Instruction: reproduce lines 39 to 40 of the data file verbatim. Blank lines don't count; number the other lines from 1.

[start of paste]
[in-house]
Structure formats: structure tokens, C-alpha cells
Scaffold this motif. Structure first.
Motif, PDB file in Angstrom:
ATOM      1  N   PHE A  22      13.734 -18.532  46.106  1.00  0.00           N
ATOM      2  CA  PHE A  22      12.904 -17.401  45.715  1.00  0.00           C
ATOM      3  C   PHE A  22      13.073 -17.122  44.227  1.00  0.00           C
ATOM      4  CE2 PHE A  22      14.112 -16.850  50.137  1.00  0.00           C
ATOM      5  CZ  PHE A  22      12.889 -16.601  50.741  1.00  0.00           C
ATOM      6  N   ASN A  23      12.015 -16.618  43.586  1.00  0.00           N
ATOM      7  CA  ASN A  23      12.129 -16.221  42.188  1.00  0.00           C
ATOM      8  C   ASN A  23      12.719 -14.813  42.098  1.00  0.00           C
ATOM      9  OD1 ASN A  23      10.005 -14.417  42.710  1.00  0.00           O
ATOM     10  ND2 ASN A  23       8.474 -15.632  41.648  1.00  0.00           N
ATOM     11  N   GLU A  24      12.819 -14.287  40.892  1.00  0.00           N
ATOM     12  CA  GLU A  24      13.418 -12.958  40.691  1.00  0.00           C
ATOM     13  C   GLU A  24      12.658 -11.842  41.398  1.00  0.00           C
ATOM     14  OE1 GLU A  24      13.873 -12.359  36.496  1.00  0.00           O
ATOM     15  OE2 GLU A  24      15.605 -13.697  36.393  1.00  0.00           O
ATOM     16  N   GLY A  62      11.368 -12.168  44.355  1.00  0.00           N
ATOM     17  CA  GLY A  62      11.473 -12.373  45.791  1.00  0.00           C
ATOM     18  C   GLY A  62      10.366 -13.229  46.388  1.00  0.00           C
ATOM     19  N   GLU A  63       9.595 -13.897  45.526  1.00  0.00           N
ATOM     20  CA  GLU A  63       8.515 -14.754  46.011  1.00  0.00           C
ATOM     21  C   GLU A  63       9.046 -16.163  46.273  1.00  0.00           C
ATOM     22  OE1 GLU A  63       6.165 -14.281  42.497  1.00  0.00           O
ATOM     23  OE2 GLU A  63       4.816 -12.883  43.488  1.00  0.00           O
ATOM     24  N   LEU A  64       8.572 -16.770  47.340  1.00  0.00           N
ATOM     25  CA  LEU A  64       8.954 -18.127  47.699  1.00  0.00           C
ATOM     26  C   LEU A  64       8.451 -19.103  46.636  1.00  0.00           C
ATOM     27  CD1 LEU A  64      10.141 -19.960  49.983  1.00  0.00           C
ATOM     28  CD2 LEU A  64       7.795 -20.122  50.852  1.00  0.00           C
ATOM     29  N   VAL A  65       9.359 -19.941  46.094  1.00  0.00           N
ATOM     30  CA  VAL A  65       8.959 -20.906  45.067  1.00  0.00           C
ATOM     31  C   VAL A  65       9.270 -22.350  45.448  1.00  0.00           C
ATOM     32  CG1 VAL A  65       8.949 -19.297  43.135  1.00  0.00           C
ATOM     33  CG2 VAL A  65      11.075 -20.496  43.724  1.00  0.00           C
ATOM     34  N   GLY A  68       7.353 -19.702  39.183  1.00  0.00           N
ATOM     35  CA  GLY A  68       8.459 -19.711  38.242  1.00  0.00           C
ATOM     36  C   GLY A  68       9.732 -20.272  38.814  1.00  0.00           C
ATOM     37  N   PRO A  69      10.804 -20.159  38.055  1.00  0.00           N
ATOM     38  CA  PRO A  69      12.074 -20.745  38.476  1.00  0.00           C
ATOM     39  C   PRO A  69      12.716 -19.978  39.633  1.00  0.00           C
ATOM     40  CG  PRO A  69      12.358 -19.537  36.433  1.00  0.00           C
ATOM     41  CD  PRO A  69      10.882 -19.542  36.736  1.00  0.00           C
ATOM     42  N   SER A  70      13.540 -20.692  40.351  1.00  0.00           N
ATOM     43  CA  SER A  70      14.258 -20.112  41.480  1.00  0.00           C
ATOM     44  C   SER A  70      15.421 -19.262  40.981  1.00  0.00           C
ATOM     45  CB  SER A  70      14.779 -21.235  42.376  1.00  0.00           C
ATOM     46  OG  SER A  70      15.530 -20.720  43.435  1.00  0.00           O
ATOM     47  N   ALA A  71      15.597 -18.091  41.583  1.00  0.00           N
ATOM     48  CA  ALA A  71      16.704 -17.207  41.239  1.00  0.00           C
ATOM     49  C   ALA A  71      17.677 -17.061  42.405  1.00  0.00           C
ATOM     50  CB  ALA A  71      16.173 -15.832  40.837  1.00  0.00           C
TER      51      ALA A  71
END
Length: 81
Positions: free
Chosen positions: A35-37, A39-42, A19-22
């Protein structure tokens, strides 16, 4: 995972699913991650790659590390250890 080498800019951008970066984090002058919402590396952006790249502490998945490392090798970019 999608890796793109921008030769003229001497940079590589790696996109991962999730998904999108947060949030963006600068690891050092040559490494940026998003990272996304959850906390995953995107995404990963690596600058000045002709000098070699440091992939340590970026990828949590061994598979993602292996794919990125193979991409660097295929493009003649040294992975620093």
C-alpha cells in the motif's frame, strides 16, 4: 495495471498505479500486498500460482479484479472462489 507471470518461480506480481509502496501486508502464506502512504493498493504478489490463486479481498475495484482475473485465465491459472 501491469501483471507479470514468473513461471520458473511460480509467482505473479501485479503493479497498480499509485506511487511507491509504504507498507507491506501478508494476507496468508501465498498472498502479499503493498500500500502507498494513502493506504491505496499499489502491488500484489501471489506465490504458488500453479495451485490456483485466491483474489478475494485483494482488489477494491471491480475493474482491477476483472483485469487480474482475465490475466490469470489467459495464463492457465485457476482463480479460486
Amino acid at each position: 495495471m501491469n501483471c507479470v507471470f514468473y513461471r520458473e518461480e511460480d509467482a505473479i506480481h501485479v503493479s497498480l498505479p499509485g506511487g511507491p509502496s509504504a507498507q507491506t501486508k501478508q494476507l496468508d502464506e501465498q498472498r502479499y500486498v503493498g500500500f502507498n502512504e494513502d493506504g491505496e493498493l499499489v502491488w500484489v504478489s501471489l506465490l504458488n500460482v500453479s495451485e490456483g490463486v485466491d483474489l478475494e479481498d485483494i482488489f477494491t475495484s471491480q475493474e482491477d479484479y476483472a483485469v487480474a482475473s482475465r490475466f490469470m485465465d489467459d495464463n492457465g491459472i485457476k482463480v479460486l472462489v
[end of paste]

ATOM     35  CA  GLY A  68       8.459 -19.711  38.242  1.00  0.00           C
ATOM     36  C   GLY A  68       9.732 -20.272  38.814  1.00  0.00           C